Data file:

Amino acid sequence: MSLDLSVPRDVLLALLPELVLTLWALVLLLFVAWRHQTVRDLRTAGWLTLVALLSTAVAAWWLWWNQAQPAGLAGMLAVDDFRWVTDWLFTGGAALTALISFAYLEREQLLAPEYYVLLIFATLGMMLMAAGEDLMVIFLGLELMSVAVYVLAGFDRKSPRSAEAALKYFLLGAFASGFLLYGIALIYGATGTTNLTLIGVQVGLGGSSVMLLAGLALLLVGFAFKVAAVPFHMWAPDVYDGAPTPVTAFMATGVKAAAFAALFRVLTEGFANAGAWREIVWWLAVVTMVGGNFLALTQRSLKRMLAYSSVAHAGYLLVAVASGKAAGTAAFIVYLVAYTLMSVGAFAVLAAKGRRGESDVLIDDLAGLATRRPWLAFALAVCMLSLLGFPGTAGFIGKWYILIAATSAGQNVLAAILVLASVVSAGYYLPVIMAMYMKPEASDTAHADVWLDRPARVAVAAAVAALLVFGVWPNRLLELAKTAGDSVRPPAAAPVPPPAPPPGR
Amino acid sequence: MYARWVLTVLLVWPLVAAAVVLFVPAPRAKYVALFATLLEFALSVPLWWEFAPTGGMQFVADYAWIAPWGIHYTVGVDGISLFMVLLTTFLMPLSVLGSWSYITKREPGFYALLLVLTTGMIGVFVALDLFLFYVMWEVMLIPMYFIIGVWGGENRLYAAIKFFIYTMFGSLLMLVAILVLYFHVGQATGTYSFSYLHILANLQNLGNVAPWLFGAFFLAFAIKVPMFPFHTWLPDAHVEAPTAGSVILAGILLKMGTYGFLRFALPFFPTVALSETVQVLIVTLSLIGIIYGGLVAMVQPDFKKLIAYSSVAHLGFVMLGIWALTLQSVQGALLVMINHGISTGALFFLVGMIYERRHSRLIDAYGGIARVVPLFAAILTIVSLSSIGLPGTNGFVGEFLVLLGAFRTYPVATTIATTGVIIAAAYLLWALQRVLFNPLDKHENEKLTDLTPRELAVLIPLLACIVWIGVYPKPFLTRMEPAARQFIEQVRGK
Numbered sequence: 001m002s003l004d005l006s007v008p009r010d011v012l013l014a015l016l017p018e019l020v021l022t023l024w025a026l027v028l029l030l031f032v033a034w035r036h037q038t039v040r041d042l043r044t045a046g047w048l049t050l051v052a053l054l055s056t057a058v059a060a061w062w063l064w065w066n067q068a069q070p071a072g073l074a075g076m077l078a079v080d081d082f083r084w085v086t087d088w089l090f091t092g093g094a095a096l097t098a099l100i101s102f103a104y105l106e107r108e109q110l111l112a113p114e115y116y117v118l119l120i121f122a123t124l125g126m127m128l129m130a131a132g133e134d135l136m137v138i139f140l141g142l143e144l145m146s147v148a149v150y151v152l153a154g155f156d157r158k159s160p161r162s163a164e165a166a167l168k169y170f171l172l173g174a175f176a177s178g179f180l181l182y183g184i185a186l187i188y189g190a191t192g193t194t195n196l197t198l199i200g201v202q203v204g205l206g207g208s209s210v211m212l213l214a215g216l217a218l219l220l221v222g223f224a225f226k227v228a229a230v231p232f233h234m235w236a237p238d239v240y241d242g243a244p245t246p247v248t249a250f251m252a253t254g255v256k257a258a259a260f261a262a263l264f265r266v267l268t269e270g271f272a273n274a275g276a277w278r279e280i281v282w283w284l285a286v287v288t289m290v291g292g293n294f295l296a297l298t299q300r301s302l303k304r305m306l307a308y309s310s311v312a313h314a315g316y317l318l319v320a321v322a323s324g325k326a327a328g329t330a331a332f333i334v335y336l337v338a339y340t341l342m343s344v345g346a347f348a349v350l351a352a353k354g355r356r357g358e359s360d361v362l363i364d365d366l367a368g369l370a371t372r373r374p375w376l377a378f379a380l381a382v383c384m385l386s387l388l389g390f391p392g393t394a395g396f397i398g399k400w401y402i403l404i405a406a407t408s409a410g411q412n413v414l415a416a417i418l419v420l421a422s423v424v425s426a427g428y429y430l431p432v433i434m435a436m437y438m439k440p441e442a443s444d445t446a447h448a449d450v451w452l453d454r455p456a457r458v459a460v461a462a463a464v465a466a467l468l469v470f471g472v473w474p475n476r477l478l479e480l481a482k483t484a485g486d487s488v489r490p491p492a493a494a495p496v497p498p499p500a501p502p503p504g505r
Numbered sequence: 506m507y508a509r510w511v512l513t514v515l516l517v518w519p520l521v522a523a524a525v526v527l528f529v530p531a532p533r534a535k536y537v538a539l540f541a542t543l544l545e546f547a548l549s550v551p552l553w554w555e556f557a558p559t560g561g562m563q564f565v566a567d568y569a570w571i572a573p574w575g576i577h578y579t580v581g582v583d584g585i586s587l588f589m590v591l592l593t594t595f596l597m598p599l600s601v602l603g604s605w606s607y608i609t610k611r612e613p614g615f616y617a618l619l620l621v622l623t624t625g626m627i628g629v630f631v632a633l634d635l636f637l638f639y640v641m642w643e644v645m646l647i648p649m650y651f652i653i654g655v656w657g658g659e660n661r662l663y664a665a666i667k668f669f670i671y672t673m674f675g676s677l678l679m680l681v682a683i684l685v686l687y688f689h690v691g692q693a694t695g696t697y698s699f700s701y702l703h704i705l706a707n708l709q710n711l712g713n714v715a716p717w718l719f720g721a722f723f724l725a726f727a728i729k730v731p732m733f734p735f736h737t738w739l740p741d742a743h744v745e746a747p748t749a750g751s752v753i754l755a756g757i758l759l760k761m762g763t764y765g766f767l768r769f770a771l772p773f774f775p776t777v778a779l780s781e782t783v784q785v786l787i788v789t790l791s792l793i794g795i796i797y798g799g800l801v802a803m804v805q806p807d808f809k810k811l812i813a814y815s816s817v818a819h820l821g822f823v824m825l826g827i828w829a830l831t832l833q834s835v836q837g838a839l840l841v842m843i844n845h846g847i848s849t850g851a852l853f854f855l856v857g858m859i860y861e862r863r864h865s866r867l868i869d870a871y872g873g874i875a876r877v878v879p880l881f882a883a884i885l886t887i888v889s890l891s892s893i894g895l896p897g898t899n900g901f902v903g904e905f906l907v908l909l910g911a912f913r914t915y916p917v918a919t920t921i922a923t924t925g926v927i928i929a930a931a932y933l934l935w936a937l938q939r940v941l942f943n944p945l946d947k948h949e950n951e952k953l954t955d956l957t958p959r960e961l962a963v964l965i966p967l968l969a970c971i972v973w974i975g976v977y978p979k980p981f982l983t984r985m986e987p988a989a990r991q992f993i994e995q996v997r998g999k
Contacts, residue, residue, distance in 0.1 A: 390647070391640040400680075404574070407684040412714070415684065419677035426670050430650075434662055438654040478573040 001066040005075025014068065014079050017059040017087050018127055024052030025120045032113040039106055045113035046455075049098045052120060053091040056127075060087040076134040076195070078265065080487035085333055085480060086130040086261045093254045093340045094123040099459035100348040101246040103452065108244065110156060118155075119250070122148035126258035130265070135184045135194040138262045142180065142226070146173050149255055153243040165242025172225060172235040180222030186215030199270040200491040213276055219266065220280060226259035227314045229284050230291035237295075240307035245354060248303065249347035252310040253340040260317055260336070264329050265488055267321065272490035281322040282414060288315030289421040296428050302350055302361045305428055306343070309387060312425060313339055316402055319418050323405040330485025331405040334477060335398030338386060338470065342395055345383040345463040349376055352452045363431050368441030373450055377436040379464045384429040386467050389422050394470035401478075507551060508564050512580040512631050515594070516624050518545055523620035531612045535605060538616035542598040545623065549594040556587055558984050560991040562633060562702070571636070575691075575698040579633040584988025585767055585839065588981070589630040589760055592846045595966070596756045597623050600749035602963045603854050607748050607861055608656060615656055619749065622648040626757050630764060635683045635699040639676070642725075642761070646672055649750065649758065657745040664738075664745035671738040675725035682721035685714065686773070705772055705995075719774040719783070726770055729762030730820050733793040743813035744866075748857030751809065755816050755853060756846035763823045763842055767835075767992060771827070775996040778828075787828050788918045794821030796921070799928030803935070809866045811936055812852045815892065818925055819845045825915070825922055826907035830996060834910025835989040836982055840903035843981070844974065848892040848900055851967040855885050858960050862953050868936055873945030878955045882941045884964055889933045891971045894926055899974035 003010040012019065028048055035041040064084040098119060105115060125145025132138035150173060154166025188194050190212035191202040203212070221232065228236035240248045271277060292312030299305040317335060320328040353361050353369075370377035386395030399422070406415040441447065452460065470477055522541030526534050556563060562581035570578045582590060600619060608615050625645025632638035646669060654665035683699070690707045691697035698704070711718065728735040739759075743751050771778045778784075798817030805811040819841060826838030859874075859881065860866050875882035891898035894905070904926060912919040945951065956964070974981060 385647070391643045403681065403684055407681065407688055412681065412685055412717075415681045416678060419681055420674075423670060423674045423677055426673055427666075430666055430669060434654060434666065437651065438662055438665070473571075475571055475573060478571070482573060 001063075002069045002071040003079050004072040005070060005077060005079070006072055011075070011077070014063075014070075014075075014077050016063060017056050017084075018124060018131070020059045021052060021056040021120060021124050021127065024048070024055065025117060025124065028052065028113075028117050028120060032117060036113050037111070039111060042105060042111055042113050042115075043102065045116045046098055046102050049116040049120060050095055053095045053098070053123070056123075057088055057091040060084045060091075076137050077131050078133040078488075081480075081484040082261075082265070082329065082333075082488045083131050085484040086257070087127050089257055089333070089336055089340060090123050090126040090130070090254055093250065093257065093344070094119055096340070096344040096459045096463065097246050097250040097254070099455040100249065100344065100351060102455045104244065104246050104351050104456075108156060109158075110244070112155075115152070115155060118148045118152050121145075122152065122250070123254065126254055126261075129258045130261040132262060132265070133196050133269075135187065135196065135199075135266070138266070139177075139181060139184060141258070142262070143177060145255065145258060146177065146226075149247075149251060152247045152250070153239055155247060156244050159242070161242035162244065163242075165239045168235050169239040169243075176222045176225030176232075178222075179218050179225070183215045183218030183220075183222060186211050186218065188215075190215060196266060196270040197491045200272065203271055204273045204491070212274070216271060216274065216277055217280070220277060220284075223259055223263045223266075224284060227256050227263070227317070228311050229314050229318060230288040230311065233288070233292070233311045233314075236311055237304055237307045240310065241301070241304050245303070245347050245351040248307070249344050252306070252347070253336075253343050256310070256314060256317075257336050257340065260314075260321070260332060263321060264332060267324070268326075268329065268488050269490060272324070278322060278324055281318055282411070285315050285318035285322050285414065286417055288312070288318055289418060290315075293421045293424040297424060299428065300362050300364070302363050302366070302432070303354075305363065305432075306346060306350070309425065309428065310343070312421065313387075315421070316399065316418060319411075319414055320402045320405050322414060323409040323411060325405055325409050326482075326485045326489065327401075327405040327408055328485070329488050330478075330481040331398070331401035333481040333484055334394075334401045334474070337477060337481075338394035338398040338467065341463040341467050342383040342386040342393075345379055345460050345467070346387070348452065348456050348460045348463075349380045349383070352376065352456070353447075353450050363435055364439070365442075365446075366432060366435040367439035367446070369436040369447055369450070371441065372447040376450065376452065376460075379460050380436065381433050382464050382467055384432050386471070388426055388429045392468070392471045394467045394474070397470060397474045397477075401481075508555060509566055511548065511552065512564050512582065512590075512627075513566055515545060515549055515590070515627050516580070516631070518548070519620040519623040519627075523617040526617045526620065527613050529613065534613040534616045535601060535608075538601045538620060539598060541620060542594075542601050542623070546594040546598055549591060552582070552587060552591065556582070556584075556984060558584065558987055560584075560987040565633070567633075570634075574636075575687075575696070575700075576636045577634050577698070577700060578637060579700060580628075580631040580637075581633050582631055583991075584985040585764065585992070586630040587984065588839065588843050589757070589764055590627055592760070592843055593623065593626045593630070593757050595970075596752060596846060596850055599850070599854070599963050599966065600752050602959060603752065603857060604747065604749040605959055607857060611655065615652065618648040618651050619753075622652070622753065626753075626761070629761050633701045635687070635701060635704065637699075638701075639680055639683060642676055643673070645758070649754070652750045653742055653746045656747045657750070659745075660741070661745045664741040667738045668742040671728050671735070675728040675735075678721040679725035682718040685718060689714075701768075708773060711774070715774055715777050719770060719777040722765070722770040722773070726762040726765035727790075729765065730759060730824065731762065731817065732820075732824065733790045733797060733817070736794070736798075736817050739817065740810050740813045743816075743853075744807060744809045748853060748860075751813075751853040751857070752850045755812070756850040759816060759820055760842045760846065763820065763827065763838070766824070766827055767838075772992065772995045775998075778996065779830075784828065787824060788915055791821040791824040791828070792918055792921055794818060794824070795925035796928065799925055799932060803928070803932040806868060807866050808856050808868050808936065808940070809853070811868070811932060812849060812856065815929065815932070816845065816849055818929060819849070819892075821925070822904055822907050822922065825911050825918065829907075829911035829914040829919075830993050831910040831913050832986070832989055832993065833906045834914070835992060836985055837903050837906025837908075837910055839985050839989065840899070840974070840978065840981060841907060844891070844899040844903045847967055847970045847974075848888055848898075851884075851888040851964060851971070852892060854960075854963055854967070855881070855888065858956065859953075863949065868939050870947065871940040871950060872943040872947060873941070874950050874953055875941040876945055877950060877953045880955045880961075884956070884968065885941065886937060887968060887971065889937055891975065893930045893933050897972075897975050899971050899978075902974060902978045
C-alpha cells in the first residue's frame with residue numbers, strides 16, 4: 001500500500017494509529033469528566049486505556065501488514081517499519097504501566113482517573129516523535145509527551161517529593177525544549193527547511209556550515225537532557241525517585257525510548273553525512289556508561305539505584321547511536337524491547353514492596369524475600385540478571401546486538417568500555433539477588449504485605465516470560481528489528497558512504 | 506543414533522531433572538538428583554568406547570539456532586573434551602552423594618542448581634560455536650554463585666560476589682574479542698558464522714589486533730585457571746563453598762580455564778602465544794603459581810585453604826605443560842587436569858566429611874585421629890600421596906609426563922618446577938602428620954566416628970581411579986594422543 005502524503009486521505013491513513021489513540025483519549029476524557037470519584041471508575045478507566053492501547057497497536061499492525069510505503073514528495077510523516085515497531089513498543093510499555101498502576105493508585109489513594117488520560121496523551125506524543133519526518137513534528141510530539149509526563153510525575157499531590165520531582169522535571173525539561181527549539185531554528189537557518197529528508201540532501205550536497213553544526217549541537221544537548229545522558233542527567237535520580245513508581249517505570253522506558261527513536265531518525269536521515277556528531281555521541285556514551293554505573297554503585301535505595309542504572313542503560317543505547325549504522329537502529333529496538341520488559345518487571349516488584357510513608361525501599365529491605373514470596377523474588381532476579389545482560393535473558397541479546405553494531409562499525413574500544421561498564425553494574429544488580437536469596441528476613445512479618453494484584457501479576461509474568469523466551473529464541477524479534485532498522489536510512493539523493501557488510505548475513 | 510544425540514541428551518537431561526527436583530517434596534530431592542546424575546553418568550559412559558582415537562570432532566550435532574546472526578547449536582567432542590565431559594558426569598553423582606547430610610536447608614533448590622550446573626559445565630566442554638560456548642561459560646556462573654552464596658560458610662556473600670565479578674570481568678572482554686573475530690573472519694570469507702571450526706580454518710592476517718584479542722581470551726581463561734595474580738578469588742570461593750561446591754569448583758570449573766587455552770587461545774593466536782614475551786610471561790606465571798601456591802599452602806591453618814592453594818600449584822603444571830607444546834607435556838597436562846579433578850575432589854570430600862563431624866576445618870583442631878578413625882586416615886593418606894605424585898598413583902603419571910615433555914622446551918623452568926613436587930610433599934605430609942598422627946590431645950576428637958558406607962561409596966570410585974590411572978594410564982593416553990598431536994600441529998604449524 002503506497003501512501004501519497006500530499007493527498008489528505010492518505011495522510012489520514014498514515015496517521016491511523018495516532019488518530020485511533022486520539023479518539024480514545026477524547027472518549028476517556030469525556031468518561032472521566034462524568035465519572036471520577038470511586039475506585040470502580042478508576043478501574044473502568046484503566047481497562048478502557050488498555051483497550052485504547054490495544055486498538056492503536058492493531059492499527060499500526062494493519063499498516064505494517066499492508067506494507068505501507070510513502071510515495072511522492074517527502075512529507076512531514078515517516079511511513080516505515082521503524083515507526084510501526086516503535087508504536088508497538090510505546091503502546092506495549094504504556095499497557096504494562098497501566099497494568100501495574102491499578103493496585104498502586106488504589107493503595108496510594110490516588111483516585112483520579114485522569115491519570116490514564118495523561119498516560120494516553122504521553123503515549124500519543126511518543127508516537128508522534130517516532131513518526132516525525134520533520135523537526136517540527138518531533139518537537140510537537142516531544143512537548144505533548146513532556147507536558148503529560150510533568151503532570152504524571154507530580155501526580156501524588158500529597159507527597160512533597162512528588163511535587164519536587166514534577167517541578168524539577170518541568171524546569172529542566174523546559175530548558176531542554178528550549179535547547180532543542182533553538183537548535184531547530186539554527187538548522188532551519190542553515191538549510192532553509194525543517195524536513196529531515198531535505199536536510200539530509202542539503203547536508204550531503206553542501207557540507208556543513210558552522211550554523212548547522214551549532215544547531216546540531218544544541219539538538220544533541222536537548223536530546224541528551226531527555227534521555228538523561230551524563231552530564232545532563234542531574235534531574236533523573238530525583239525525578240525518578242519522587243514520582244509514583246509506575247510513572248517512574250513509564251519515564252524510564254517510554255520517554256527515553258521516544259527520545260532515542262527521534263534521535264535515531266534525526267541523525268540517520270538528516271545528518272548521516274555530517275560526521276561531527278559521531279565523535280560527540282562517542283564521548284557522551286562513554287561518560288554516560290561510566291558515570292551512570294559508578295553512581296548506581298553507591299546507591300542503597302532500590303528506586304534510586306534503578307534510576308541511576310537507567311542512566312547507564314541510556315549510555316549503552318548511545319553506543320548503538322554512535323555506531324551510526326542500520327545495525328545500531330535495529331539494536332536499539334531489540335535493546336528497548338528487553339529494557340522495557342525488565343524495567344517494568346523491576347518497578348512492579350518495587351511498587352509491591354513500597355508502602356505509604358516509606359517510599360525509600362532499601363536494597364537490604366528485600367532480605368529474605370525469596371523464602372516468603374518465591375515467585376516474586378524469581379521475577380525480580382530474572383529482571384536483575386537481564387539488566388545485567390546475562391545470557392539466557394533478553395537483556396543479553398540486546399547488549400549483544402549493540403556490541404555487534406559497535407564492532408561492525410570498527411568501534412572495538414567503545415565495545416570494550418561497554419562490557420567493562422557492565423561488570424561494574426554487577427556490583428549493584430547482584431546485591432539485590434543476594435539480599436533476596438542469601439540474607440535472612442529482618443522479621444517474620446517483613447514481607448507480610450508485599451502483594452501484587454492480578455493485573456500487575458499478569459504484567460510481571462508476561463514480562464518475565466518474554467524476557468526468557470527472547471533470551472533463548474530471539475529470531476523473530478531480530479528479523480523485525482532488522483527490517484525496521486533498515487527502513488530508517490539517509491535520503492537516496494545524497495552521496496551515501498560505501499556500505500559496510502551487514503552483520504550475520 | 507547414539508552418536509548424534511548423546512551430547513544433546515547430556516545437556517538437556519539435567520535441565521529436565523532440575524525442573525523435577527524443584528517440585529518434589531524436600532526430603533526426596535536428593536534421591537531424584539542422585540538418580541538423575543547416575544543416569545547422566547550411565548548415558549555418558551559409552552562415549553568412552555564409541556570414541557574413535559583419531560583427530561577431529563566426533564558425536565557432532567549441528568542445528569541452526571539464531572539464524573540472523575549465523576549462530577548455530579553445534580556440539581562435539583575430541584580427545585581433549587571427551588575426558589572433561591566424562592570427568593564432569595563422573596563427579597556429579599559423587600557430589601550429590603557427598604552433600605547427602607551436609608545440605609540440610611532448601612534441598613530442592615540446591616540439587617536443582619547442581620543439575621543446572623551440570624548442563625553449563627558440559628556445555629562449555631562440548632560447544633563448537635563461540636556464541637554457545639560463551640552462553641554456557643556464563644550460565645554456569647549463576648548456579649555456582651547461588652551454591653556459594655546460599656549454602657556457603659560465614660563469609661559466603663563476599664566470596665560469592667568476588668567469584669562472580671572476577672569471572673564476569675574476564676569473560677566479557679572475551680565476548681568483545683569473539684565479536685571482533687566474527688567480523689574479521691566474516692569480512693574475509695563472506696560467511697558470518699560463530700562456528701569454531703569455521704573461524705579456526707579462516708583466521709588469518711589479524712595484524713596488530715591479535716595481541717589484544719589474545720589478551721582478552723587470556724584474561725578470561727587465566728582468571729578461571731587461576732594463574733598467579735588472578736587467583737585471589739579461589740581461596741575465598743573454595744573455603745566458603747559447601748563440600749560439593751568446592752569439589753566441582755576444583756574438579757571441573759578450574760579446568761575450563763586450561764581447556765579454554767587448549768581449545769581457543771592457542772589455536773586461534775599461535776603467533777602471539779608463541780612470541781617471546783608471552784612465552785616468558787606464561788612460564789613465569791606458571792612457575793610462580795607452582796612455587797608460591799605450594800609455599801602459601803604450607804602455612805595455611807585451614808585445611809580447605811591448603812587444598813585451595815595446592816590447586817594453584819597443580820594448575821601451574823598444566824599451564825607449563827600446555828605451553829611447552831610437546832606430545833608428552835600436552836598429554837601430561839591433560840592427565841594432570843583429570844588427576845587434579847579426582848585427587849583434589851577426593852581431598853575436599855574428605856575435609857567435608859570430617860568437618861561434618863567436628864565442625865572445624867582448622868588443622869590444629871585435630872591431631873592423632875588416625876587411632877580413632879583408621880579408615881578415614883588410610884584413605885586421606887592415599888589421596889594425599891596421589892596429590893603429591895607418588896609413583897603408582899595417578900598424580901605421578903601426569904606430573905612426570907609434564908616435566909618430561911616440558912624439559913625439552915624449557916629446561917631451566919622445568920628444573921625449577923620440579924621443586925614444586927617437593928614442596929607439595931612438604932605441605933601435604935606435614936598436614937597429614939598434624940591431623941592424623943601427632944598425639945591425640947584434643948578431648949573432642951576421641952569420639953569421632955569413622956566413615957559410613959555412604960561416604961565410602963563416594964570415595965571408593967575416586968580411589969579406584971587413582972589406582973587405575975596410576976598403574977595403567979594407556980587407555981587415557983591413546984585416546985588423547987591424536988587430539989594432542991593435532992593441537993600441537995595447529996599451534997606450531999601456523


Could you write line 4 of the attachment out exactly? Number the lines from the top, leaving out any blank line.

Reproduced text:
Numbered sequence: 506m507y508a509r510w511v512l513t514v515l516l517v518w519p520l521v522a523a524a525v526v527l528f529v530p531a532p533r534a535k536y537v538a539l540f541a542t543l544l545e546f547a548l549s550v551p552l553w554w555e556f557a558p559t560g561g562m563q564f565v566a567d568y569a570w571i572a573p574w575g576i577h578y579t580v581g582v583d584g585i586s587l588f589m590v591l592l593t594t595f596l597m598p599l600s601v602l603g604s605w606s607y608i609t610k611r612e613p614g615f616y617a618l619l620l621v622l623t624t625g626m627i628g629v630f631v632a633l634d635l636f637l638f639y640v641m642w643e644v645m646l647i648p649m650y651f652i653i654g655v656w657g658g659e660n661r662l663y664a665a666i667k668f669f670i671y672t673m674f675g676s677l678l679m680l681v682a683i684l685v686l687y688f689h690v691g692q693a694t695g696t697y698s699f700s701y702l703h704i705l706a707n708l709q710n711l712g713n714v715a716p717w718l719f720g721a722f723f724l725a726f727a728i729k730v731p732m733f734p735f736h737t738w739l740p741d742a743h744v745e746a747p748t749a750g751s752v753i754l755a756g757i758l759l760k761m762g763t764y765g766f767l768r769f770a771l772p773f774f775p776t777v778a779l780s781e782t783v784q785v786l787i788v789t790l791s792l793i794g795i796i797y798g799g800l801v802a803m804v805q806p807d808f809k810k811l812i813a814y815s816s817v818a819h820l821g822f823v824m825l826g827i828w829a830l831t832l833q834s835v836q837g838a839l840l841v842m843i844n845h846g847i848s849t850g851a852l853f854f855l856v857g858m859i860y861e862r863r864h865s866r867l868i869d870a871y872g873g874i875a876r877v878v879p880l881f882a883a884i885l886t887i888v889s890l891s892s893i894g895l896p897g898t899n900g901f902v903g904e905f906l907v908l909l910g911a912f913r914t915y916p917v918a919t920t921i922a923t924t925g926v927i928i929a930a931a932y933l934l935w936a937l938q939r940v941l942f943n944p945l946d947k948h949e950n951e952k953l954t955d956l957t958p959r960e961l962a963v964l965i966p967l968l969a970c971i972v973w974i975g976v977y978p979k980p981f982l983t984r985m986e987p988a989a990r991q992f993i994e995q996v997r998g999k